Planning for the transfer of wealth to younger generations is a challenging process for successful families. Many want to leave their children enough so they can do anything, but not so much that they can do nothing. What’s “enough” or “too much” is unique to each family.
BizWest ‘s recent article, “To Trustee or not to Trustee,” says that many families of wealth choose to leave some, or all, of their wealth to future generations in trusts. Trusts can be created in many ways and can specify exactly how and when the assets are to be passed to the beneficiaries. If you go with a trust, you’ll need to select a trustee. A trustee is a person, board, or corporation that you designate with the task of overseeing the administration of your trust after you pass away. They’re tasked with making decisions about distributions to your beneficiaries and ensuring they meet the directions defined in your trust. It can be a challenging job, so it is crucial to select the right trustee to carry out your wishes.
Opting for a family member or friend to serve as your trustee is common, because the relationship is personal, and they may be well-suited to understanding the needs of the beneficiaries. However, most individual trustees don’t have the experience, time, or financial or business background to manage the tax and administrative duties associated with a modern trust. It can also change the personal relationship between the individual trustee and the beneficiary.
If you go with a corporate trustee, like a bank, it can help you sidestep pitfalls often associated with an individual trustee. That’s because corporate trustees have expertise that individual trustees often don’t possess. A corporate trustee must also comply with internal audits and is scrutinized by both federal and state regulatory agencies. That ensures protection of the trust beneficiaries.
For some, using an individual trustee and a corporate trustee may be a good solution. Acting in concert, the individual trustee can bring the knowledge of the personal relationships, and the corporate trustee can apply the safeguards needed for making sound investment and administrative decisions.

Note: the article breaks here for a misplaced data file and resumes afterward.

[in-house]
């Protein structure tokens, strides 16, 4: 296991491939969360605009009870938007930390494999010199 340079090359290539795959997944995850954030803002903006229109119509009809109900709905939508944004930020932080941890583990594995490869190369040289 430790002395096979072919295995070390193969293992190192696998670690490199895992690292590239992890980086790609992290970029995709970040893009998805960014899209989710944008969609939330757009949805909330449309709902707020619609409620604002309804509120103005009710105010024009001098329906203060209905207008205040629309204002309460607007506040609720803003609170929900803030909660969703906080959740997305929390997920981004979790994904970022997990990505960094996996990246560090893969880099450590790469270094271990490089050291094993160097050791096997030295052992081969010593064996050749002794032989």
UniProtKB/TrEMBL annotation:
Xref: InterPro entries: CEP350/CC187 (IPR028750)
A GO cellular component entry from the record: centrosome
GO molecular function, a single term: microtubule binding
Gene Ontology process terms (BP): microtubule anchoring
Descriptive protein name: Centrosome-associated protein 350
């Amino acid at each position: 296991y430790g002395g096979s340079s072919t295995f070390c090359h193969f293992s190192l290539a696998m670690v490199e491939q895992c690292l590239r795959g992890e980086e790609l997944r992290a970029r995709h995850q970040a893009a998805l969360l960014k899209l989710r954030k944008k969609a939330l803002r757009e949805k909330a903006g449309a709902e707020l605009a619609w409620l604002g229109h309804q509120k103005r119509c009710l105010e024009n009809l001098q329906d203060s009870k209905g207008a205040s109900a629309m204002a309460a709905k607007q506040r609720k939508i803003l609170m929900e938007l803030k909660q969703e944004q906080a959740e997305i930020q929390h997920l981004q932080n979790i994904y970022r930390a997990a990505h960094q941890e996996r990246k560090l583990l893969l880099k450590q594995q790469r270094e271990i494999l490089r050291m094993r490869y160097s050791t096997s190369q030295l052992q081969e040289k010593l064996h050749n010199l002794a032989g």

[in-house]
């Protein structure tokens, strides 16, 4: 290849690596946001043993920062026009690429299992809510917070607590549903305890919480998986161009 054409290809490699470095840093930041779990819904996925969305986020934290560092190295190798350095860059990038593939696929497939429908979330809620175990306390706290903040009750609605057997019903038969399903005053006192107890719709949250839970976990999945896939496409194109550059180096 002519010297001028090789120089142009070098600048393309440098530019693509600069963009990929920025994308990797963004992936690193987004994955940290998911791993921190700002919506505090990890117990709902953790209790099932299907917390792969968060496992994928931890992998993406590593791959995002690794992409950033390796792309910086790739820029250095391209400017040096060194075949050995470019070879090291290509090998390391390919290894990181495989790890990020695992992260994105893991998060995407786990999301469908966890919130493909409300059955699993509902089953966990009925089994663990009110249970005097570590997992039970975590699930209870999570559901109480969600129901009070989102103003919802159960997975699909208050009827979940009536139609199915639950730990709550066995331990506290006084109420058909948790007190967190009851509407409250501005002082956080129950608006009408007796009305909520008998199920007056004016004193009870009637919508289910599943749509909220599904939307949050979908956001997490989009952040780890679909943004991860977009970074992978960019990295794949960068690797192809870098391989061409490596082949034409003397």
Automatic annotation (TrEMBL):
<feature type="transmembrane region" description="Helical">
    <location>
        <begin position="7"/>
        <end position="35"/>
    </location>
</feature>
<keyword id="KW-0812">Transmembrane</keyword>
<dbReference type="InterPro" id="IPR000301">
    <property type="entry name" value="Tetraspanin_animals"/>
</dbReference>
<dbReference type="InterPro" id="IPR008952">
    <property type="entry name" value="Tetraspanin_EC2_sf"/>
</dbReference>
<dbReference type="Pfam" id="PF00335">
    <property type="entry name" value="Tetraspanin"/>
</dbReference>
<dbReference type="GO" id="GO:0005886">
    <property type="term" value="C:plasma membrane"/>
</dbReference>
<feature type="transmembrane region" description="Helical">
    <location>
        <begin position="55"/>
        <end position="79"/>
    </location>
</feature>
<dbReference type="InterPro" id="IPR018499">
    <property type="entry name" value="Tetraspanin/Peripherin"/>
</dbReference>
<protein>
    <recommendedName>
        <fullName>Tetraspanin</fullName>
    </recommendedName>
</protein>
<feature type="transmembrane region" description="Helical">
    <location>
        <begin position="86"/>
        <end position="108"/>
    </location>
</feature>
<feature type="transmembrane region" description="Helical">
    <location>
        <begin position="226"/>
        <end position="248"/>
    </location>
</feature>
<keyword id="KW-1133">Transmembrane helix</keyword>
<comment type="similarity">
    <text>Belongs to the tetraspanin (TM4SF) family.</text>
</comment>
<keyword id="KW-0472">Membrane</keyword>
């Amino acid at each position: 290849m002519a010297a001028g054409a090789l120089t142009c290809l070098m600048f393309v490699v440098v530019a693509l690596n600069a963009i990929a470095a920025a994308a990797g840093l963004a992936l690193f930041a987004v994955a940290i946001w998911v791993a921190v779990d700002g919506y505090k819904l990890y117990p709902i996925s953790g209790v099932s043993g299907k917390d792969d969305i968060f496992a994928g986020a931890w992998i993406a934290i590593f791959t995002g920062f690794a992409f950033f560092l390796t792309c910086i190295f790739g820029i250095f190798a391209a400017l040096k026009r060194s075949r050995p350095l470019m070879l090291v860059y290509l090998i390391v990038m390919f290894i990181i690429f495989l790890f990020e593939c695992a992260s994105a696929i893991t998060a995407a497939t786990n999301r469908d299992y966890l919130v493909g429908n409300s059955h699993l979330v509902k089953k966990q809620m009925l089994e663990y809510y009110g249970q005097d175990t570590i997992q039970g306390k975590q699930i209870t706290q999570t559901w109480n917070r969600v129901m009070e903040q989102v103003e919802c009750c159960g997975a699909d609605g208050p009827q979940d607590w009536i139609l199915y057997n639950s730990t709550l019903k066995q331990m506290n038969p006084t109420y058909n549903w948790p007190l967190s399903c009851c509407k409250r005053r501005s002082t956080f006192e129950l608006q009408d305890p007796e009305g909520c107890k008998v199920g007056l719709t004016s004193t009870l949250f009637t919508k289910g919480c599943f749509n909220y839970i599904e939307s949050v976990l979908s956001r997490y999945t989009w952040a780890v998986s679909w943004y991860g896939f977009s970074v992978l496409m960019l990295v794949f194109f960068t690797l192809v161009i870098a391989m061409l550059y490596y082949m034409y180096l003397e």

Regardless of the direction you take, here are three thoughts which you should consider when evaluating which trustee is right for you and your family:
- Trustees must be diplomatic. A trustee must work with beneficiaries of vastly different character and levels of sophistication including: children, grandchildren, friends, and other beneficiaries who all have different backgrounds, expectations and goals. An individual trustee must weigh the needs of the individual trust beneficiaries versus the terms of the trust. Itis critical for the trustee to recognize the differences between beneficiaries and administer the trust in a way that both supports their needs and satisfies the intent of the trust.
- Siblings will always fight. One sibling may have a lifelong belief that “Mom always liked you best.” It’s important to explain to your trustee and your beneficiaries what will occur when you’re gone, before you’re actually gone. This can make a huge difference in preserving family harmony. It may seem uncomfortable, but it’s a gift to your family that’s far more valuable than money.
- What you can expect. Working with a beneficiary who depends substantially on trust distributions for support can be a challenge for any trustee. A trustee has to be prepared to be the “bad guy”, when beneficiary behavior runs up against prudent trust administration. Someone has to be the one to say no.
As you think about what type of trustee to use, you still need to work with an experienced estate planning attorney, who will ensure that your trust is set up properly. We can help. Join us for one of our educational workshop. Just click here to RSVP today.
Jeffrey Bellomo, Esq.